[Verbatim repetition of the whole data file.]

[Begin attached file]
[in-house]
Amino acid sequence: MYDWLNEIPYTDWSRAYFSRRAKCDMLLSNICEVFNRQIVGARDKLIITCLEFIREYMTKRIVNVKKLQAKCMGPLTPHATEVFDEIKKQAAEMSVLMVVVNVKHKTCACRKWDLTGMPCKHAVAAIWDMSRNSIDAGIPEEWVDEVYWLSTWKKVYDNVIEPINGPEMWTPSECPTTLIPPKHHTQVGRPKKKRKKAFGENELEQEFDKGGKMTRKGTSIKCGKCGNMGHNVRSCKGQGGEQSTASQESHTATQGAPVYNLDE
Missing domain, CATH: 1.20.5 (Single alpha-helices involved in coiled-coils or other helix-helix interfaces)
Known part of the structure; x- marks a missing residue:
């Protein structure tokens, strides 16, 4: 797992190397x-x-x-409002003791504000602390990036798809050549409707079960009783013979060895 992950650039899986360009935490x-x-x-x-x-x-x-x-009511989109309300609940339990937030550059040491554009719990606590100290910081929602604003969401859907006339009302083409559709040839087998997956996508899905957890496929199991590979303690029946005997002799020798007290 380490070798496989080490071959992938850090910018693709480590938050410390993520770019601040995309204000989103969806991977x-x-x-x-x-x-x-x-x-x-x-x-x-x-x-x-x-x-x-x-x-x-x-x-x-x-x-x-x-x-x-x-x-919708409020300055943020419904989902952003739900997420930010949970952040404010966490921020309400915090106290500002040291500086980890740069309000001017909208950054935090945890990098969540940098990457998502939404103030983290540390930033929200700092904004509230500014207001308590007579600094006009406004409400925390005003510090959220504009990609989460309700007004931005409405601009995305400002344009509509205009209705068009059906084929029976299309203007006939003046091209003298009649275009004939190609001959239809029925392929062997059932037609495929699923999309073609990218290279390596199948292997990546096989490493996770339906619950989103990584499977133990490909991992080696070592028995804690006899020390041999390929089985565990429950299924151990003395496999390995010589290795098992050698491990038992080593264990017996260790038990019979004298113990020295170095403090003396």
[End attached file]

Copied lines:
[in-house]
Amino acid sequence: MYDWLNEIPYTDWSRAYFSRRAKCDMLLSNICEVFNRQIVGARDKLIITCLEFIREYMTKRIVNVKKLQAKCMGPLTPHATEVFDEIKKQAAEMSVLMVVVNVKHKTCACRKWDLTGMPCKHAVAAIWDMSRNSIDAGIPEEWVDEVYWLSTWKKVYDNVIEPINGPEMWTPSECPTTLIPPKHHTQVGRPKKKRKKAFGENELEQEFDKGGKMTRKGTSIKCGKCGNMGHNVRSCKGQGGEQSTASQESHTATQGAPVYNLDE
Missing domain, CATH: 1.20.5 (Single alpha-helices involved in coiled-coils or other helix-helix interfaces)
Known part of the structure; x- marks a missing residue:
């Protein structure tokens, strides 16, 4: 797992190397x-x-x-409002003791504000602390990036798809050549409707079960009783013979060895 992950650039899986360009935490x-x-x-x-x-x-x-x-009511989109309300609940339990937030550059040491554009719990606590100290910081929602604003969401859907006339009302083409559709040839087998997956996508899905957890496929199991590979303690029946005997002799020798007290 380490070798496989080490071959992938850090910018693709480590938050410390993520770019601040995309204000989103969806991977x-x-x-x-x-x-x-x-x-x-x-x-x-x-x-x-x-x-x-x-x-x-x-x-x-x-x-x-x-x-x-x-x-919708409020300055943020419904989902952003739900997420930010949970952040404010966490921020309400915090106290500002040291500086980890740069309000001017909208950054935090945890990098969540940098990457998502939404103030983290540390930033929200700092904004509230500014207001308590007579600094006009406004409400925390005003510090959220504009990609989460309700007004931005409405601009995305400002344009509509205009209705068009059906084929029976299309203007006939003046091209003298009649275009004939190609001959239809029925392929062997059932037609495929699923999309073609990218290279390596199948292997990546096989490493996770339906619950989103990584499977133990490909991992080696070592028995804690006899020390041999390929089985565990429950299924151990003395496999390995010589290795098992050698491990038992080593264990017996260790038990019979004298113990020295170095403090003396």